in with a lot of these other, with my classmates. I just really did not fit in. And so I was struggling academically, mostly because not so much
that the schoolwork was more difficult, but just because it was the social aspect that just threw me off. There were a lot of things that went
on in a Catholic school that I never would have expected. So, later that year, I was 15 years old.
So let us hold it right there. The things going on in a Catholic school that you would not have expected?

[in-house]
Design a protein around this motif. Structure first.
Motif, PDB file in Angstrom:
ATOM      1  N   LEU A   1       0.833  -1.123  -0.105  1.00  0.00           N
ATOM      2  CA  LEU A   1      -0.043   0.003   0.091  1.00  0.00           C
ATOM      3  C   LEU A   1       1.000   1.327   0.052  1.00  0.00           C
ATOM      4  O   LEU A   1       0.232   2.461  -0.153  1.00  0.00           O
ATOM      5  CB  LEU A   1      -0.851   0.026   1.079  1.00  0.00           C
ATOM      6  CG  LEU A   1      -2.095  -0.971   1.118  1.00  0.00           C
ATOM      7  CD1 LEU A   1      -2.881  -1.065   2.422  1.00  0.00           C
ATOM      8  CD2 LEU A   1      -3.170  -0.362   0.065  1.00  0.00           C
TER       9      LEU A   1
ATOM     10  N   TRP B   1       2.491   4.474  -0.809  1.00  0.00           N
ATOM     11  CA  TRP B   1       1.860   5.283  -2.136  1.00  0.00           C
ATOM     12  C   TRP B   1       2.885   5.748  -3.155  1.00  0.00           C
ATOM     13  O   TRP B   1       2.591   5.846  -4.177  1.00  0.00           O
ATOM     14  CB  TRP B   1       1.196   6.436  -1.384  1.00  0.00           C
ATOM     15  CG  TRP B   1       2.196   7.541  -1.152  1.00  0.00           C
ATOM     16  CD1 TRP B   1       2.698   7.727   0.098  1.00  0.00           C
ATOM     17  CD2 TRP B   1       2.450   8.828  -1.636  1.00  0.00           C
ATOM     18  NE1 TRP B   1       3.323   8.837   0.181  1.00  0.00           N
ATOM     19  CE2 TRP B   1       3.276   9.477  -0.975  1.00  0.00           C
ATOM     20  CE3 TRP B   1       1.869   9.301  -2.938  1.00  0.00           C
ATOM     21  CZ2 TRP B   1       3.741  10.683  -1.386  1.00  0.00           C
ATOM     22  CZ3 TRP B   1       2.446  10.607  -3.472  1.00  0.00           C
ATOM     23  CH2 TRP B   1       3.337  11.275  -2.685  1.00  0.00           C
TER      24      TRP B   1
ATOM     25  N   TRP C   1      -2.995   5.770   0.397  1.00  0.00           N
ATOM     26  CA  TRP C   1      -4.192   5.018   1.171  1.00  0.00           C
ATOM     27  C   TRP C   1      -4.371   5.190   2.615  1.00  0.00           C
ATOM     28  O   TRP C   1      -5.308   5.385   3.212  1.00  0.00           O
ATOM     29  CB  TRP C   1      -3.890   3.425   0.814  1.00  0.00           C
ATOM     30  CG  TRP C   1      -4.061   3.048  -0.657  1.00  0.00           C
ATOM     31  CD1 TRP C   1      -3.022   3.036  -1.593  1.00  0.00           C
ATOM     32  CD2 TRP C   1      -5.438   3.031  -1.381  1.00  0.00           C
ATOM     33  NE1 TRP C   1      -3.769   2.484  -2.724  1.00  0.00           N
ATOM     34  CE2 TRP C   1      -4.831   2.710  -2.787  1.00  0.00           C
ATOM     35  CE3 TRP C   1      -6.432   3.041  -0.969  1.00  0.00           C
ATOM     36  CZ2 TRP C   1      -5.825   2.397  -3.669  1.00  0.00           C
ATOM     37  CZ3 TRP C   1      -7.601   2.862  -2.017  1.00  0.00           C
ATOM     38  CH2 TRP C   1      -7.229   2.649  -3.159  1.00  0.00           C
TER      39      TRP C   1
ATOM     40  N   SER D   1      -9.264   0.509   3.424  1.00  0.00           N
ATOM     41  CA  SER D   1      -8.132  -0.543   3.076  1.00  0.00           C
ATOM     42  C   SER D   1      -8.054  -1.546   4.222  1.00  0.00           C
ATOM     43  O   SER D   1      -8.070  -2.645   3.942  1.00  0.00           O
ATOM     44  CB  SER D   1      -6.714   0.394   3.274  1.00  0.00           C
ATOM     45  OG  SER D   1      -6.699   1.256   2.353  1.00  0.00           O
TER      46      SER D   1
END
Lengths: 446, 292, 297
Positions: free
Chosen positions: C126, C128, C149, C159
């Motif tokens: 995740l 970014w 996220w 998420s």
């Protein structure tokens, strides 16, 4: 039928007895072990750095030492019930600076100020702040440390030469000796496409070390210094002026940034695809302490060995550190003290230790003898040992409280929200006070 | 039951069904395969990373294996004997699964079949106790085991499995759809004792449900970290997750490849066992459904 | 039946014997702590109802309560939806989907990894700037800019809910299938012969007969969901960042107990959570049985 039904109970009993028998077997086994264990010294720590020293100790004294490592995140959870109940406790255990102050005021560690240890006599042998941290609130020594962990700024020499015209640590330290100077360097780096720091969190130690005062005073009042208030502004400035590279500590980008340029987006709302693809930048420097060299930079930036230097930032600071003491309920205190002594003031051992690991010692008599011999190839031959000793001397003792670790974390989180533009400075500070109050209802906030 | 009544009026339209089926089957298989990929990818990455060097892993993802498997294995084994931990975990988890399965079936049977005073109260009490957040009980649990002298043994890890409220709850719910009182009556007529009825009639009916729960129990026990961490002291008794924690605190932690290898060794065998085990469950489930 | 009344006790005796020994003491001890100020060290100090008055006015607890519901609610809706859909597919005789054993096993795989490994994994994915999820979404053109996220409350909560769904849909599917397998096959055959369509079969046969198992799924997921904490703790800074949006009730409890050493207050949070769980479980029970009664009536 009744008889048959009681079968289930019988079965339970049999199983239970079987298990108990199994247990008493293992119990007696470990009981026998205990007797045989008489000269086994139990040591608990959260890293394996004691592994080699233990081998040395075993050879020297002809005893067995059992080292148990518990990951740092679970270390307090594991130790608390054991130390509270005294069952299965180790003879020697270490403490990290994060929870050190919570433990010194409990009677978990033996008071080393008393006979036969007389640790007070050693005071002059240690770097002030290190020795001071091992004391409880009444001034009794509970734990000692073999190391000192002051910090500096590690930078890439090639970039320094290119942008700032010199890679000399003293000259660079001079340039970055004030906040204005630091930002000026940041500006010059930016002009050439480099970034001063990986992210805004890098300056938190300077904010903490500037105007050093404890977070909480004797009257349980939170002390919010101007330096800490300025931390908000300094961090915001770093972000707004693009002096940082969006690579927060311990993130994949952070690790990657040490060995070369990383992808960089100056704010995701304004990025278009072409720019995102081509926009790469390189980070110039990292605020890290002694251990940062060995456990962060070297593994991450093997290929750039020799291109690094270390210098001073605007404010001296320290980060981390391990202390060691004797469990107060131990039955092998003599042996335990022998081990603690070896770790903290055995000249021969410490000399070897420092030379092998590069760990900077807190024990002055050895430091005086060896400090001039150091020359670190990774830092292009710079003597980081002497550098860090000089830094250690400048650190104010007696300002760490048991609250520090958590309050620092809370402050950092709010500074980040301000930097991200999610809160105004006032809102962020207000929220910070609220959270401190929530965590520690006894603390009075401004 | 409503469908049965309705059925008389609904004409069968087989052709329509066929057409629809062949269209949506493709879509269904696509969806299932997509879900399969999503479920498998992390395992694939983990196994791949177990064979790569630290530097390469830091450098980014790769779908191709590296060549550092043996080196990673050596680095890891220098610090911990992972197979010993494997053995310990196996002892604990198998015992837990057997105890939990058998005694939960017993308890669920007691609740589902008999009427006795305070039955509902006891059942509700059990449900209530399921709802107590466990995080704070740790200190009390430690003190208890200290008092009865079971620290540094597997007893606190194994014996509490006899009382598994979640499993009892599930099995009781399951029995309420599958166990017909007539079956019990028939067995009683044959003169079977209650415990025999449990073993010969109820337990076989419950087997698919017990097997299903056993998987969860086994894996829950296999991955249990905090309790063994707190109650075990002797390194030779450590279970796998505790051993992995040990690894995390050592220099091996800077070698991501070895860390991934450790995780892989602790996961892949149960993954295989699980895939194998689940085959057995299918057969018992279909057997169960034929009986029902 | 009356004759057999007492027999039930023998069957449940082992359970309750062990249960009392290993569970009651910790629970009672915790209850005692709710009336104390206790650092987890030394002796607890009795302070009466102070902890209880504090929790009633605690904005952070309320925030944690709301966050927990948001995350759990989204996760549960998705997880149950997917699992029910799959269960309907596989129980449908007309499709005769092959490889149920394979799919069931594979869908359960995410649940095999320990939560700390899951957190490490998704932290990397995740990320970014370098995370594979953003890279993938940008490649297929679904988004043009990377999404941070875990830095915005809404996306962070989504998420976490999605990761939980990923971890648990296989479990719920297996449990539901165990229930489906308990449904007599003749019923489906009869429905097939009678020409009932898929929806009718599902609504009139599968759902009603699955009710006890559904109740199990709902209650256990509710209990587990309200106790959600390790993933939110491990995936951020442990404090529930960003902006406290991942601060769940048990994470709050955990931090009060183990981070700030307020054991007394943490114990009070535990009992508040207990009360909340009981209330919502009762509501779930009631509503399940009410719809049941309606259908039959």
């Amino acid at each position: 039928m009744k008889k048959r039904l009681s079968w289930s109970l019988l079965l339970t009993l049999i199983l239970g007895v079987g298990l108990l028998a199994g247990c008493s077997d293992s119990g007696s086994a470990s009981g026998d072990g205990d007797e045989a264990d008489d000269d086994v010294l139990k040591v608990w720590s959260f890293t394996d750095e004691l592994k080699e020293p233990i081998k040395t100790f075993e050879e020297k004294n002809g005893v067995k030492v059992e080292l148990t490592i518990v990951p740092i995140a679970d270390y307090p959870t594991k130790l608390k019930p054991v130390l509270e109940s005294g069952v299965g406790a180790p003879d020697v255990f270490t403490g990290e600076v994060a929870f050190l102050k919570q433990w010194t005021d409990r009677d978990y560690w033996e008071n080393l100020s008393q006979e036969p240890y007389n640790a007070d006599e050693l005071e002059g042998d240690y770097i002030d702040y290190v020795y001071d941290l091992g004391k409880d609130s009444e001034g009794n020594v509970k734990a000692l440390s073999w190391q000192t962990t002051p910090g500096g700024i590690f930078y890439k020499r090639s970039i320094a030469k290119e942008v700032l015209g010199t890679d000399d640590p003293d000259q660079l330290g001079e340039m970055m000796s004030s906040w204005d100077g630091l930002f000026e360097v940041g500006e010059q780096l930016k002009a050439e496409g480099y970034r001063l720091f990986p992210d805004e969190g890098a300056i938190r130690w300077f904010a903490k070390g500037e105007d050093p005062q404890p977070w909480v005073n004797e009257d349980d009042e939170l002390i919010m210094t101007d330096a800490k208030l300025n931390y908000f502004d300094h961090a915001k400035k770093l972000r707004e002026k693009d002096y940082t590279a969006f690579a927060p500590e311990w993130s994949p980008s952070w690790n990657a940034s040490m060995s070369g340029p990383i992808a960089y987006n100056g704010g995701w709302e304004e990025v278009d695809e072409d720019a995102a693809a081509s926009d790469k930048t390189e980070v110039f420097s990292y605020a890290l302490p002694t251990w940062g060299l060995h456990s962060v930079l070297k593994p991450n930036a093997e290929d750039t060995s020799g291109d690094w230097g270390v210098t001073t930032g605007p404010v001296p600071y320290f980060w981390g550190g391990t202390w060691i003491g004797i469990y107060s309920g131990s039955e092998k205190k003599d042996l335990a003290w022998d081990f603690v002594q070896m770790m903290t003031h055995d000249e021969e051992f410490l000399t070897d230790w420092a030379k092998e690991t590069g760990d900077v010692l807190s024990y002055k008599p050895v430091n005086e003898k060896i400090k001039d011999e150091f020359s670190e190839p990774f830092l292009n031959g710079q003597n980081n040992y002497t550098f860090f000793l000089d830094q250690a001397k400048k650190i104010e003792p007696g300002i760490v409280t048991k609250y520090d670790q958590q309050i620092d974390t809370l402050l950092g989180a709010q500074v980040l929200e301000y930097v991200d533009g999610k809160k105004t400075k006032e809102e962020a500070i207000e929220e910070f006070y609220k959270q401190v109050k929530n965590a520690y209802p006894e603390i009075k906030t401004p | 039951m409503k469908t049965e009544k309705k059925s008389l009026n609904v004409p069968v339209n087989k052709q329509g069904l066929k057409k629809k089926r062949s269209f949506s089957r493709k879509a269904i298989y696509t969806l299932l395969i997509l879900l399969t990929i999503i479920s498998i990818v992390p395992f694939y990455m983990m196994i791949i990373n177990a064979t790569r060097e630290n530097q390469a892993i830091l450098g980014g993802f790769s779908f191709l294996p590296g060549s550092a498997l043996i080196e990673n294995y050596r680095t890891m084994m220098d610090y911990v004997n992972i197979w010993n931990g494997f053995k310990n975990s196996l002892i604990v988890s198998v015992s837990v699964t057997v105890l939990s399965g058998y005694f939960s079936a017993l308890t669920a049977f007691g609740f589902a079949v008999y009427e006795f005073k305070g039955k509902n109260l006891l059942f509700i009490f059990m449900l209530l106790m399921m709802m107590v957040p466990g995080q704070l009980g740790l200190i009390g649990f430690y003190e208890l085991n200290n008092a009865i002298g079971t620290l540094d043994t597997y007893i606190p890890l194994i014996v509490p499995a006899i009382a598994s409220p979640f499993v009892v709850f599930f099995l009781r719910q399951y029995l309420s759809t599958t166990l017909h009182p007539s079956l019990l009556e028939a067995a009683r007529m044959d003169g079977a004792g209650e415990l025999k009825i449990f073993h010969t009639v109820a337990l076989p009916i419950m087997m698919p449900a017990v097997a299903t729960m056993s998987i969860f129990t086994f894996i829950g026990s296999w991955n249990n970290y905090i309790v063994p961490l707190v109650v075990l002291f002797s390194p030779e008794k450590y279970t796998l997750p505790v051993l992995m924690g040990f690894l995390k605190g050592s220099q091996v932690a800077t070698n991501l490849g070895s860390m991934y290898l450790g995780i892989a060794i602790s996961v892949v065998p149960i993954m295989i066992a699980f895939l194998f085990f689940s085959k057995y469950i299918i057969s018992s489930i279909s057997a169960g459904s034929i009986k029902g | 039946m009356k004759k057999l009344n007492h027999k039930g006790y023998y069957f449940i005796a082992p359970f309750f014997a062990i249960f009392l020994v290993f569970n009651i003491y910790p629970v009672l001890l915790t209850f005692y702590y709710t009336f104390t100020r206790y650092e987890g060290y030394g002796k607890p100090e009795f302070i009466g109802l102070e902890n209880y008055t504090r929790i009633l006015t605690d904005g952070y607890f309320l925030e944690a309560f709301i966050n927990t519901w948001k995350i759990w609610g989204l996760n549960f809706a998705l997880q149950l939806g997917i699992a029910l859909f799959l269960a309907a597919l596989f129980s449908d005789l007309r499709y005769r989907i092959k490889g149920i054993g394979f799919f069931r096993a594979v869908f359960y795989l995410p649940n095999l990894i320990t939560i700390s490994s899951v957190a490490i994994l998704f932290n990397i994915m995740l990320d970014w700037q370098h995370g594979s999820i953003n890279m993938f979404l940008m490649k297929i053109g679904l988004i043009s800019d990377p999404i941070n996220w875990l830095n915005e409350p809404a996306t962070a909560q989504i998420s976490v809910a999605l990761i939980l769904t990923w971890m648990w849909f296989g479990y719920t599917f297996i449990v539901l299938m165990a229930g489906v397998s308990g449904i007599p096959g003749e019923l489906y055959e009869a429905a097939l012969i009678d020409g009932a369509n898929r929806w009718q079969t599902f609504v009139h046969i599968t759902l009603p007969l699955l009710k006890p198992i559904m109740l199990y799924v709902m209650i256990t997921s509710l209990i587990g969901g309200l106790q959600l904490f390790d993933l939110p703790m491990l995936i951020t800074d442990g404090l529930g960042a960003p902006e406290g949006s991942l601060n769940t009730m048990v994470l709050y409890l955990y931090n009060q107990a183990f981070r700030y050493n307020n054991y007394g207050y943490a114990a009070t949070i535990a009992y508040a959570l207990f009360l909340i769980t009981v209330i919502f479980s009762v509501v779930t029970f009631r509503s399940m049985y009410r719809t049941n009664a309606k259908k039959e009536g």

One of my religion classes felt more like a social justice type class, more than religion. I remember having arguments with some of the teachers. That is not church teaching. So, it was kind of made fun of a little bit, you know, like, oh boy, who is this girl. You know, kids acted in a way that I was not used to. I just had not been exposed to what some of these other kids had been exposed to, the movies, the books, the magazines, just some of the things that, again at the kids were talking about, just like, whoa, you know, a shell shock, like culture shock for me. So anyway, later that year, again I was 15 years old, one of the women from our parish was starting to slow down. She was an older woman and she offered me her hours working at the rectory on Saturdays. And around the same time, there was a newly ordained young priest. His name was Father Kelvin Peter Rodriguez. He had come to this country from Columbia, taught himself English. He came over here to go to the seminary. He had a violin with him. We got to talking, we found out, oh, he is the new priest that has just come in. So, I got excited because I was quite an accomplished violinist at the time, and he was trying to teach himself violin. So, we kind of connected over that a little bit. And I helped him tune his violin and said, oh yeah, if you ever have any questions, I will help you out.